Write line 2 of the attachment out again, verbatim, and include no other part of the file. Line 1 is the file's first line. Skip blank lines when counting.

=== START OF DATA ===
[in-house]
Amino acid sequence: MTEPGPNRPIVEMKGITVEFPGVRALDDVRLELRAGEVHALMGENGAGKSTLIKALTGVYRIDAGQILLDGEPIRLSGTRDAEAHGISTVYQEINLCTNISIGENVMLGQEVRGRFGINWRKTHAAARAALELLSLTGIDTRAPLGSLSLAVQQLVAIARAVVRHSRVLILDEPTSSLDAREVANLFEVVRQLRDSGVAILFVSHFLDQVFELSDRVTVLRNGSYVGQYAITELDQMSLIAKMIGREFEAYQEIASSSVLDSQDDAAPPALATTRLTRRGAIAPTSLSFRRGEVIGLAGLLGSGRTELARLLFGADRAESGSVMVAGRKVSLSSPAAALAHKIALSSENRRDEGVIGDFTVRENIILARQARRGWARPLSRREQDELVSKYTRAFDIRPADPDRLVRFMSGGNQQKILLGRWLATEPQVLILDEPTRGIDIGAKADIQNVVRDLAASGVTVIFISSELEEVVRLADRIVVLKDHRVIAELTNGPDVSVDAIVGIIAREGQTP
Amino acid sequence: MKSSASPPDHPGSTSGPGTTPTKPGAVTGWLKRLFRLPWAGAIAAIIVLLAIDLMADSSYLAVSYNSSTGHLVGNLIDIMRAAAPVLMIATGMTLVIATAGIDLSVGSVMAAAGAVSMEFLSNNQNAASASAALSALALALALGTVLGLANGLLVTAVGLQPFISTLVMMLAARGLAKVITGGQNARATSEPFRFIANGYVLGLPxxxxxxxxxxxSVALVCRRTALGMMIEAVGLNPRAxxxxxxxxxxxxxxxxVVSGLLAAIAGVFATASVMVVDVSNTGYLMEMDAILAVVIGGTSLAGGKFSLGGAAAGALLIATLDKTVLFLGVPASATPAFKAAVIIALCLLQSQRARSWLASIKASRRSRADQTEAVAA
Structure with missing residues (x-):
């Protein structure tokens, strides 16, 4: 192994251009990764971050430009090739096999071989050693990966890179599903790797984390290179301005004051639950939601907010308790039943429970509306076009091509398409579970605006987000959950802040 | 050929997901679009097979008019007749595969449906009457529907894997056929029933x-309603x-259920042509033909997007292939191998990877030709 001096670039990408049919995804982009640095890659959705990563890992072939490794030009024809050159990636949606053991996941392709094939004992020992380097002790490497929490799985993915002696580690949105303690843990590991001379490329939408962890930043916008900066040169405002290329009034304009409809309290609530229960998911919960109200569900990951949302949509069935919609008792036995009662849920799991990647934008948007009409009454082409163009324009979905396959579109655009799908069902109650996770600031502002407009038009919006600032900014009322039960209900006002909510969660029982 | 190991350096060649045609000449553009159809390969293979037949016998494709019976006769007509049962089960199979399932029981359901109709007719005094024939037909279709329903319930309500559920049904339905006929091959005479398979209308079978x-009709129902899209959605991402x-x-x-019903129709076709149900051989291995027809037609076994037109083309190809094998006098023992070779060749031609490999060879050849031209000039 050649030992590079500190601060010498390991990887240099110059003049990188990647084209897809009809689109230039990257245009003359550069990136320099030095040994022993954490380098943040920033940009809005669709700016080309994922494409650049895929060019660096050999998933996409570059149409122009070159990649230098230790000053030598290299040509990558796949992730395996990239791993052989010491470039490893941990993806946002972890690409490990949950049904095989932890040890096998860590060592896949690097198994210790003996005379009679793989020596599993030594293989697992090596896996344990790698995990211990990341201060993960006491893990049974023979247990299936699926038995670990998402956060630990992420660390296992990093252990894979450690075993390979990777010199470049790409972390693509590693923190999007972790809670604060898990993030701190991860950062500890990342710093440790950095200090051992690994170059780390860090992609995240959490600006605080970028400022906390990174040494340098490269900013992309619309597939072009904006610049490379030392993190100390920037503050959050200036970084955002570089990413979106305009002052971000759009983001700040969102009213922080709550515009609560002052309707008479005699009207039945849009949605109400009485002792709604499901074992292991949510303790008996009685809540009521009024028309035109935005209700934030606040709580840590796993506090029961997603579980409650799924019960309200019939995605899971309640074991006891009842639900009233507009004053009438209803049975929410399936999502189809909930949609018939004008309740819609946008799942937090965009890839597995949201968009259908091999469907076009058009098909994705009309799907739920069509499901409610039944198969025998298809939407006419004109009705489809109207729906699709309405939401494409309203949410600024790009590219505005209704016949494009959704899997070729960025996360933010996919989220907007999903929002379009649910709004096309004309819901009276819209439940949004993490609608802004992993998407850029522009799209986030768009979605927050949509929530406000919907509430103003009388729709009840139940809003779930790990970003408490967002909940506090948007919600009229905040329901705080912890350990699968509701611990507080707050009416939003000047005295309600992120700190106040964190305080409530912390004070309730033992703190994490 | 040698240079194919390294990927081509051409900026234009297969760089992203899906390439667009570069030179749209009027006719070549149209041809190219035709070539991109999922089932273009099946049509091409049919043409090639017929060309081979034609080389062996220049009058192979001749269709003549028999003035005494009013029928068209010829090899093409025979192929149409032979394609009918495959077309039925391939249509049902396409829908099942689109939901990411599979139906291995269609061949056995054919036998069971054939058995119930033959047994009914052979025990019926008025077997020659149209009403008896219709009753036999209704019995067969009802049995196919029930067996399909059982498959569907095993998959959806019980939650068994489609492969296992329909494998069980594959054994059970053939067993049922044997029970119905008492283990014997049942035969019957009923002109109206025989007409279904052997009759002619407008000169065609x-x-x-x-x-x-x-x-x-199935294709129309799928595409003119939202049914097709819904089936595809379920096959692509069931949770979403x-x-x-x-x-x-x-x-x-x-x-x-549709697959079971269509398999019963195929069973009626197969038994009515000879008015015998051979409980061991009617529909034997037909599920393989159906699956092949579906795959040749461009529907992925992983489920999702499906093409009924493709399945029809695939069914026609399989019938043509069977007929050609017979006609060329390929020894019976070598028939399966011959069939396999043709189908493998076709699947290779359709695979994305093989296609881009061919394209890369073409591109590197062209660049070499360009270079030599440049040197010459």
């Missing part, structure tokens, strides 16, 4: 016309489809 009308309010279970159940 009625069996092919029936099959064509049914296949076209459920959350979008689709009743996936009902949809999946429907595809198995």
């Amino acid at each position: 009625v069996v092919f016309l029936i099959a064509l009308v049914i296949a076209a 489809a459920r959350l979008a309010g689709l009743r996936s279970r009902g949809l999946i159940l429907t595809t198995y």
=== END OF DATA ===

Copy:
Amino acid sequence: MTEPGPNRPIVEMKGITVEFPGVRALDDVRLELRAGEVHALMGENGAGKSTLIKALTGVYRIDAGQILLDGEPIRLSGTRDAEAHGISTVYQEINLCTNISIGENVMLGQEVRGRFGINWRKTHAAARAALELLSLTGIDTRAPLGSLSLAVQQLVAIARAVVRHSRVLILDEPTSSLDAREVANLFEVVRQLRDSGVAILFVSHFLDQVFELSDRVTVLRNGSYVGQYAITELDQMSLIAKMIGREFEAYQEIASSSVLDSQDDAAPPALATTRLTRRGAIAPTSLSFRRGEVIGLAGLLGSGRTELARLLFGADRAESGSVMVAGRKVSLSSPAAALAHKIALSSENRRDEGVIGDFTVRENIILARQARRGWARPLSRREQDELVSKYTRAFDIRPADPDRLVRFMSGGNQQKILLGRWLATEPQVLILDEPTRGIDIGAKADIQNVVRDLAASGVTVIFISSELEEVVRLADRIVVLKDHRVIAELTNGPDVSVDAIVGIIAREGQTP